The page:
Built on a foundation of white wheat, flaked oats, Maris Otter for a hint of nuttiness, dextrin malt, and pilsner malt for a lighter color, the Rooneys’ Clouds leans heavily on Citra, with plenty of dry-hopping support from El Dorado, Mosaic, and Simcoe. It’s a time-tested, customer-approved combination, but an award-winning beer is more than the sum of its parts. Brian places a lot of importance on unlocking the best possible water chemistry, believing that pH plays a role in haze stability and lifts the aromatics of hops. He also was careful to try different yeast strains as he honed the final recipe, landing on a commercial pitch from Jeff Mello’s Nashville-based Bootleg Biology.
“His particular strain of Conan [yeast] I really love,” Brian says. “It has a great stone-fruit character. But it still comes down to hop selection. The smell of a bag of hops can only really be found in these New England beers, and hops are an agricultural product. That creates so many variables.”
As much as their hazy IPAs and double IPAs garner acclaim—besides helping to keep the lights on during the pandemic—Brian is especially proud of Rockhill & Locust, his English-style mild. The first beer brewed at BKS back in 2017, Rockhill & Locust is one he developed as a homebrewer and refers to as “possibly the best beer that we make.” (Mary, meanwhile, is fond of Tiny Clouds, a Citra-heavy hoppy blonde ale at 4.5 percent ABV.)
From the outset, the Rooneys planned to offer a wide variety of styles in the taproom, but the focus has tightened somewhat. Nevertheless, the mild remains popular, appealing to a broad audience, even if they’re not necessarily the same people who line up for a can release.
The Artisan … Lagers?
More recently, Mary and Brian’s mission to produce quality beer across categories and to provide modern twists on traditional styles has led them into territory they never explored before opening BKS: cold fermentations.
“We are devoting a lot of time and effort to lager, and we are most excited about experimental and fusion concepts for lager,” Mary says. “Ultimately, we are intrigued by all kinds of sessionable styles of beer.”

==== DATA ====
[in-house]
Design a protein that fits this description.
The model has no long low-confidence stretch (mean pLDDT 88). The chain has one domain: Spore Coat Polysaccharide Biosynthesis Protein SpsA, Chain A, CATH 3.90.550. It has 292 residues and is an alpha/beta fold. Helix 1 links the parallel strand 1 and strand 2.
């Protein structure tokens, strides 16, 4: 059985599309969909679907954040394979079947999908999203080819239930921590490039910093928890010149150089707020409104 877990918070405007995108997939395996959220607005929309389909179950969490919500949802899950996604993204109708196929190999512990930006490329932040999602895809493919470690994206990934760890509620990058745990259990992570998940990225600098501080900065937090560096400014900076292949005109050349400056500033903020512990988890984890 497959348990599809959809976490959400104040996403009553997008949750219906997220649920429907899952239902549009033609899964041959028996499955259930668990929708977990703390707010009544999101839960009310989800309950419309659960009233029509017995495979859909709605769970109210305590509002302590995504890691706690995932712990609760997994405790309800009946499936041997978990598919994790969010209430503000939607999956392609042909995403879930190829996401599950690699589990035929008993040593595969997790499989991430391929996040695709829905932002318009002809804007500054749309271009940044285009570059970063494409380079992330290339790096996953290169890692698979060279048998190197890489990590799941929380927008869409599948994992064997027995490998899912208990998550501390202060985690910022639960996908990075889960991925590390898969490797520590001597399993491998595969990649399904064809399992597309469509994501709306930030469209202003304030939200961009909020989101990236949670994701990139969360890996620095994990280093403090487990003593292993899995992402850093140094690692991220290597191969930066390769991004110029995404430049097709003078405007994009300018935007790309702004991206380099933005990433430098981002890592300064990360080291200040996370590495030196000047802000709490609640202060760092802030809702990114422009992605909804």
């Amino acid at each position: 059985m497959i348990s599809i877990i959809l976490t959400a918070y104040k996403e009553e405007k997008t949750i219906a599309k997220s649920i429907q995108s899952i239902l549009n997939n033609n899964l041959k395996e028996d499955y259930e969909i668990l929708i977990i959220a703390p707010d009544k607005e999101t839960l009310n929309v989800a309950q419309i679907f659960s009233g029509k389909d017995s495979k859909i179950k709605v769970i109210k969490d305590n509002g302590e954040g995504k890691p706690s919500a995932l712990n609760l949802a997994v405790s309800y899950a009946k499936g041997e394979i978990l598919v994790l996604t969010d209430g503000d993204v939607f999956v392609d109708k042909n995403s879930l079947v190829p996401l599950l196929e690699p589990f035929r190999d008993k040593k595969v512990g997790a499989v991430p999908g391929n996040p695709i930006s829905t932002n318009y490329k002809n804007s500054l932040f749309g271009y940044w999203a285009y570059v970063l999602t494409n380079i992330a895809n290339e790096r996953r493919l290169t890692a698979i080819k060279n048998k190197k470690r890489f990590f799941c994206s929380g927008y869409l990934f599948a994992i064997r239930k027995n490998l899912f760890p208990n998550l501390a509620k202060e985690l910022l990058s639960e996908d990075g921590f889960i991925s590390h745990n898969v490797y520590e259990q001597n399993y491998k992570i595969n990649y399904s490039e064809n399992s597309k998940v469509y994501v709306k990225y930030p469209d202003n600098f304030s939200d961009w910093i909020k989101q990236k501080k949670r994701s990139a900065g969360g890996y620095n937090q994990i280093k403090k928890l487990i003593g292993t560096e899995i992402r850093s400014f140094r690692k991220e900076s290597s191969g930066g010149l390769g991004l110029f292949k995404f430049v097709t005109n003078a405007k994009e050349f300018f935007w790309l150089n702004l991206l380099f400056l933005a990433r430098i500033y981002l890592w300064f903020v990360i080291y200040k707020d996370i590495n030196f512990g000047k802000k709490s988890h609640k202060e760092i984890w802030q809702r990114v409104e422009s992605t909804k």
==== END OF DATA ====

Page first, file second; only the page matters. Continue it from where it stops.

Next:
It’s a move that makes plenty of sense for a brewery like BKS. Addictive session beers and a welcoming gathering place can bring people back, week after week, as much as a hyped-up rarity. So, following one collaboration with Kansas City’s Alma Mader—an unfiltered lager hopped with Nelson Sauvin and Huell Melon—and another with KC Bier—a “modern pilsner” dry-hopped with Citra, Hallertauer Blanc, and Riwaka—and after releasing a few pilsners of their own, the Rooneys have decided to firmly plant a flag in Lagerland.
There is one minor obstacle: the name they chose for their business, BKS Artisan Ales. After some thought, they settled on a solution, and in early March they launched a new line of lagers produced in the same Brookside facility but branded as Pivo Project beers.
The first release was a rice lager, brewed in collaboration with Perennial Artisan Ales of St. Louis. Loosely inspired by a saison that was made with pilsner malt and Carolina Gold rice and fermented with Perennial’s house Belgian strain, Pivo Project’s Heirloom Rice Lager relies instead on a Czech lager strain. The recipe includes German pilsner malt, Carolina Gold rice, a blend of German hops, and Motueka from New Zealand’s Freestyle Hops. It sold out quickly. Two weeks later, BKS released its second Pivo Project beer, a New Zealand–style pilsner made with Pacifica and Wakatu hops and fermented with a German lager yeast.
Next in the Pivo Project pipeline: a light lager brewed with an heirloom Bohemian pilsner malt; a keller-style pilsner dry-hopped with Nelson Sauvin, Mosaic, Citra, and Saaz; and another light lager brewed with Missouri-grown organic white corn.
“I always feel a little weird making lager,” Brian says. “In fact, I’d never made one before opening. But it’s fun for us. Part of this is to stay inspired.”
Their intention is to package about two lagers a month. With just four fermentors and a single lagering tank dedicated to the Pivo Project, they’re already at capacity.
Yet that fact doesn’t lead to any lost sleep. Their goal is the same: grow slowly and organically, concentrate on quality, and take a modern approach to the larger notion of what lager (or any beer) can be.
“Growth at a small size has allowed us to be nimble,” Mary says. “Within Kansas City, there’s nothing quite like what we’re doing. We’re in the Midwest, but sometimes it feels like we’re more of a coastal brewery.”